Tiger Woods stuck on ‘the bogey train’ at US PGA – but for how much longer? | Tiger Woods

Word was relayed before Tiger Woods had even completed his third round at this US PGA Championship. The 46-year-old would not be undertaking standard media duties, with his management doubtless fearing Woods would score in the 80s for only the third time in his major championship career. Woods was spared that ignominy – a birdie at the 15th and the brave saving of par at the last allowed him to post 79 in his 79th US PGA Championship round – but this was still a grim scene in Tulsa for golf’s returning icon.

As Webb Simpson was piecing together at 65, the scale of physical impairment to Woods on a cold morning was painfully obvious. So much so, in fact, that he refused to even offer a guarantee about returning for round four during brief questioning with a pool reporter. “Well, I’m sore,” said Woods. “I know that is for a fact. We’ll do some work and see how it goes.”

Woods was now 12 over by for the tournament. It was incredible to think that 16 hours earlier he had stood on a podium and asserted he could win this very event. It sounded flawed then, as if Woods has to publicly convince himself of a necessity to retain lofty goals. Placed in context of his dismal third round, it appeared plain daft.

“I just didn’t play well,” he added. “I didn’t hit the ball very well and got off to not the start I needed to get off to. I thought I hit a good tee shot down the 2nd and ended up in the water. I just never really got any kind of momentum on my side.

“I couldn’t get off the bogey train. I didn’t do anything right. I didn’t hit many good shots. Consequently I ended up with a pretty high score.”

The bigger picture felt impossible to ignore. This marks just Woods’s second event since he was hauled from the wreckage of his car in California last February. There was a risk of amputation to his lower right leg. A year ago, he was in a wheelchair. The making of cuts at both the Masters and the US PGA – many of the world’s top players managed neither – is a serious achievement.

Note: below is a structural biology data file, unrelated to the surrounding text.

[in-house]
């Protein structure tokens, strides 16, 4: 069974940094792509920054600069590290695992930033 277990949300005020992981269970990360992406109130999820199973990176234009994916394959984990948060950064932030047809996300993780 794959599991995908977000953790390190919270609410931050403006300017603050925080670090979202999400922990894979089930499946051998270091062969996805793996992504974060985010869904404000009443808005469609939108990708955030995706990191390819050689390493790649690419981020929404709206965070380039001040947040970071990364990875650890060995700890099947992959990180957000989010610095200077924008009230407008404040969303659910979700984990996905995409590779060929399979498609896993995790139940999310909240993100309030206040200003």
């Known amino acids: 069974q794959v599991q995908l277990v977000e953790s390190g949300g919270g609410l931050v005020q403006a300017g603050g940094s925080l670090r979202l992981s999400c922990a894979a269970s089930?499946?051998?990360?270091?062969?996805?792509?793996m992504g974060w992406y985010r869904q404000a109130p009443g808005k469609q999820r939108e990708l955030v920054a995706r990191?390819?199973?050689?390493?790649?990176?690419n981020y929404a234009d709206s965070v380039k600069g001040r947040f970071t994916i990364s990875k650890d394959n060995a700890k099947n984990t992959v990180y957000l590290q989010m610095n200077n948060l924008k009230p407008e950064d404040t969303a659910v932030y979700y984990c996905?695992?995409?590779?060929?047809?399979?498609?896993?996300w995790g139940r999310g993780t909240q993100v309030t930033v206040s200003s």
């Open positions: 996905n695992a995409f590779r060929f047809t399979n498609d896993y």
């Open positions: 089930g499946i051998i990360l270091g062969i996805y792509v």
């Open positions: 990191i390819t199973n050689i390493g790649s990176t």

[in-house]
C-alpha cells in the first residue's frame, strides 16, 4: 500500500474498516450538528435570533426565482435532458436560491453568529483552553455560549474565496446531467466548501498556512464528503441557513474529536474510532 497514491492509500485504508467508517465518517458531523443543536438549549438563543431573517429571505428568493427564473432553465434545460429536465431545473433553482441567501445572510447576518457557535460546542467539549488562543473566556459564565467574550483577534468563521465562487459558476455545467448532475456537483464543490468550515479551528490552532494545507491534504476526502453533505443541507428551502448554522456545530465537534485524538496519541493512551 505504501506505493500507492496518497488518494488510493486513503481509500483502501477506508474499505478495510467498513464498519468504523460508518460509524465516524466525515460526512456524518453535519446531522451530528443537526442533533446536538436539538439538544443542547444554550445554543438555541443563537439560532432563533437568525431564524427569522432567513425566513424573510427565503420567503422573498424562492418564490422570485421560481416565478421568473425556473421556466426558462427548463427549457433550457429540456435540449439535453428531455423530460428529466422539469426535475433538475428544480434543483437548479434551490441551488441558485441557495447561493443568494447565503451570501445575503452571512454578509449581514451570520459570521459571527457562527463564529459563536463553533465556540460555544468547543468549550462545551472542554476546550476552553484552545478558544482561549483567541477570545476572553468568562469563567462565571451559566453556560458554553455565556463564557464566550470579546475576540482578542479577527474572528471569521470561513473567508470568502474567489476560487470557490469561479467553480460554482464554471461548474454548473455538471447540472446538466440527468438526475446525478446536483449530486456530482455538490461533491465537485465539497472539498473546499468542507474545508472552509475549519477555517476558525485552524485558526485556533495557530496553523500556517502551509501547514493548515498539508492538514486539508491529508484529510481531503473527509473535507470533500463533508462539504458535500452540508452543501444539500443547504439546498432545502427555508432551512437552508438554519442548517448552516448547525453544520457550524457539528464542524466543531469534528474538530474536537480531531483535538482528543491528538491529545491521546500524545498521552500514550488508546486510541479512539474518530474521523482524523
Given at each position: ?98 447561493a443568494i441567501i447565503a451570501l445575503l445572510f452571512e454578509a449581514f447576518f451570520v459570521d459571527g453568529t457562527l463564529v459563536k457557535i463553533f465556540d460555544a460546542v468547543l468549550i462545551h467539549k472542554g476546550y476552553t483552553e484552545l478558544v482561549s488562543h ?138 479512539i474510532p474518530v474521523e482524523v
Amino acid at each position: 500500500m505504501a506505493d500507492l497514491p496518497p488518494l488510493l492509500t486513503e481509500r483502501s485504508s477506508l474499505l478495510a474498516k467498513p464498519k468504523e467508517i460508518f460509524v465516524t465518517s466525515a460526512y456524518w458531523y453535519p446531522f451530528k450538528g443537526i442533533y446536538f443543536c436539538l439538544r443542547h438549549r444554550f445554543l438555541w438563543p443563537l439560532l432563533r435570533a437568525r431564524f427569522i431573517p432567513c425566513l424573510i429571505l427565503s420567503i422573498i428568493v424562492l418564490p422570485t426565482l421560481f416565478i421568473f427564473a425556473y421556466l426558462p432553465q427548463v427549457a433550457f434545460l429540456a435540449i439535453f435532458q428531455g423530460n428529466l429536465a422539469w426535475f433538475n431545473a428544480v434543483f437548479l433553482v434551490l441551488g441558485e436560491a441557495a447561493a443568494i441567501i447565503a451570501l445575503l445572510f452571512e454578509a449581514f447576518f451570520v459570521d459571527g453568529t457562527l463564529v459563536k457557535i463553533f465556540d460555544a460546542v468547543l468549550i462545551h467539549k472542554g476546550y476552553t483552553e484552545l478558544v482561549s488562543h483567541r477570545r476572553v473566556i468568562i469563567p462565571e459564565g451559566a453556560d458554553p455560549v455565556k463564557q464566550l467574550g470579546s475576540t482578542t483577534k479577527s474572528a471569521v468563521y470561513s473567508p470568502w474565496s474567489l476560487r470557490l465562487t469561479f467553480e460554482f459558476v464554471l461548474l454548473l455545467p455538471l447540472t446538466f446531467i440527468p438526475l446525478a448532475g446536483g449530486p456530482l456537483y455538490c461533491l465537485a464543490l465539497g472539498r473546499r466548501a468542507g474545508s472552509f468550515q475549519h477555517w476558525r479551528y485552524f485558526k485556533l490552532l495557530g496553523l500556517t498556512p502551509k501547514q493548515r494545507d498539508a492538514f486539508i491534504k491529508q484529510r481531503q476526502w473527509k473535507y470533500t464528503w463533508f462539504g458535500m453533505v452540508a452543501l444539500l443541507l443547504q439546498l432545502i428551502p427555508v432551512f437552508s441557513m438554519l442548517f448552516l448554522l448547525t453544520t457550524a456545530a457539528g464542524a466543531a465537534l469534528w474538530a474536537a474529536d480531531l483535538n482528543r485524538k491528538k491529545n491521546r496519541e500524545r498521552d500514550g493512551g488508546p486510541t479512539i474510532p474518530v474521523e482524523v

Tiger Woods plays his second shot from the 9th fairway during the second round
Tiger Woods has drawn the crowds at Southern Hills but his good day two gave way to a poor day three. Photograph: Orlando Ramirez/USA Today Sports

This, however, is Tiger Woods. He lives by different standards. Woods closed at Augusta National last month with back-to-back rounds of 78. There, as here at Southern Hills, poor golf combined with poor movement on the weekend. Woods has already stated he will play at the Open in St Andrews in July, with the US Open to come at Brookline in June. If both of those majors follow a similar pattern to events in Georgia and Oklahoma, it is far from inconceivable Woods will revisit the extent to which he is willing to push his body. He has, of course, earned the right to make such decisions himself.

Shaun Norris, who played in Woods’s company, offered both sympathy and strands of hope for the future. “He’s such a phenomenal player,” said Norris. “You feel so sorry for him having to go through this. But then again, you also see the type of person that he is; that he grinds through everything and pushes himself, even all the bread and that. It’s not easy to see a guy like him have to go through that and struggle like that.


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“He’s swinging it nicely, and I think he’ll be back once he gets back to normal health and sorts out all the problems. The determination that the guy has, I mean, it’s phenomenal. You can see he was battling just today to get the ball out of the hole from time to time, even to bend out to put the ball on the tee; but pushing through it and getting all the focus on at the right times and on the shots is phenomenal.”

Woods was tied 76th and at the foot of the field as he began recovery work. Nevertheless, he was far from alone in producing a high third-round score. Billy Horschel shot 77. Jon Rahm could fare no better than 76. Robert MacIntyre played his first 12 holes in nine over par. Not that you felt such statistics would provide Woods with much solace.

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